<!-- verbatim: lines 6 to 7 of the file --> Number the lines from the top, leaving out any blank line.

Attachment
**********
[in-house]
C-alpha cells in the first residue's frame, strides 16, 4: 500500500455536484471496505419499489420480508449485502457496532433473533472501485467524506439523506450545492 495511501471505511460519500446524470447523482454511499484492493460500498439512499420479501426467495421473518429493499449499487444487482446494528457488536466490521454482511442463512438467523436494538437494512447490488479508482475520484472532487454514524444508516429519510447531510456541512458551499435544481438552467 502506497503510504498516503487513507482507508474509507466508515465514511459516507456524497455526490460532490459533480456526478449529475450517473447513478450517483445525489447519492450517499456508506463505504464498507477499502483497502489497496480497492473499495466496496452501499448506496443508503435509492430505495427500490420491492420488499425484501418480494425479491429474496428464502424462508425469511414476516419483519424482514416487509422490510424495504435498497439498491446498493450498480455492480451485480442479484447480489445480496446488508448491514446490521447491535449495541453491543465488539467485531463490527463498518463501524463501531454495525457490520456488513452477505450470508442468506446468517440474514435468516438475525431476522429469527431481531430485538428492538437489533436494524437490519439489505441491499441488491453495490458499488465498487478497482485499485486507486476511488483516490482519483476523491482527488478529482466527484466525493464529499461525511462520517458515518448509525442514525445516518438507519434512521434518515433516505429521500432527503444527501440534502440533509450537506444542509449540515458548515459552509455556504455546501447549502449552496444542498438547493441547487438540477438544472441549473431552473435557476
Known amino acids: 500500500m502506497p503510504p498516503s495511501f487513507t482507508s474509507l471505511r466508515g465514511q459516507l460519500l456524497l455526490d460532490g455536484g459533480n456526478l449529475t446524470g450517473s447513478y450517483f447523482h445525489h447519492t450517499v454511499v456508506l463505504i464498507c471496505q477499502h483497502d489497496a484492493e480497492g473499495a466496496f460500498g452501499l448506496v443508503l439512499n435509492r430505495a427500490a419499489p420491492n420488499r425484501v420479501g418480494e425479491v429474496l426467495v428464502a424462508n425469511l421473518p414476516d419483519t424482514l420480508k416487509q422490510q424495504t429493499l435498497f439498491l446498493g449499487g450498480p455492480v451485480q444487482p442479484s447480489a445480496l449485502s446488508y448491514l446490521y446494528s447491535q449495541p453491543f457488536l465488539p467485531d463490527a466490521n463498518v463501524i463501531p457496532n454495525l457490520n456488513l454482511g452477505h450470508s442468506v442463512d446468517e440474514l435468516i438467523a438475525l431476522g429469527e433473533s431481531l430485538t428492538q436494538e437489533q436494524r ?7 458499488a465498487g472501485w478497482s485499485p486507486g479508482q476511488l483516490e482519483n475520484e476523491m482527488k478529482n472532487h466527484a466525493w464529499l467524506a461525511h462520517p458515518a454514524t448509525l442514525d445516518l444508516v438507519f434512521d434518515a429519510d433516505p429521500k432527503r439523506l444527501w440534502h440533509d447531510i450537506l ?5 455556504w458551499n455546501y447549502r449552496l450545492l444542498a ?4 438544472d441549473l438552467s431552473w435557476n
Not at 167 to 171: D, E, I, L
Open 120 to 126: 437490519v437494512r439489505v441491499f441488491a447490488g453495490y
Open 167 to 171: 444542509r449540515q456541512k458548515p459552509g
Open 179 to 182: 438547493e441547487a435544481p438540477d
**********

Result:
Open 167 to 171: 444542509r449540515q456541512k458548515p459552509g
Open 179 to 182: 438547493e441547487a435544481p438540477d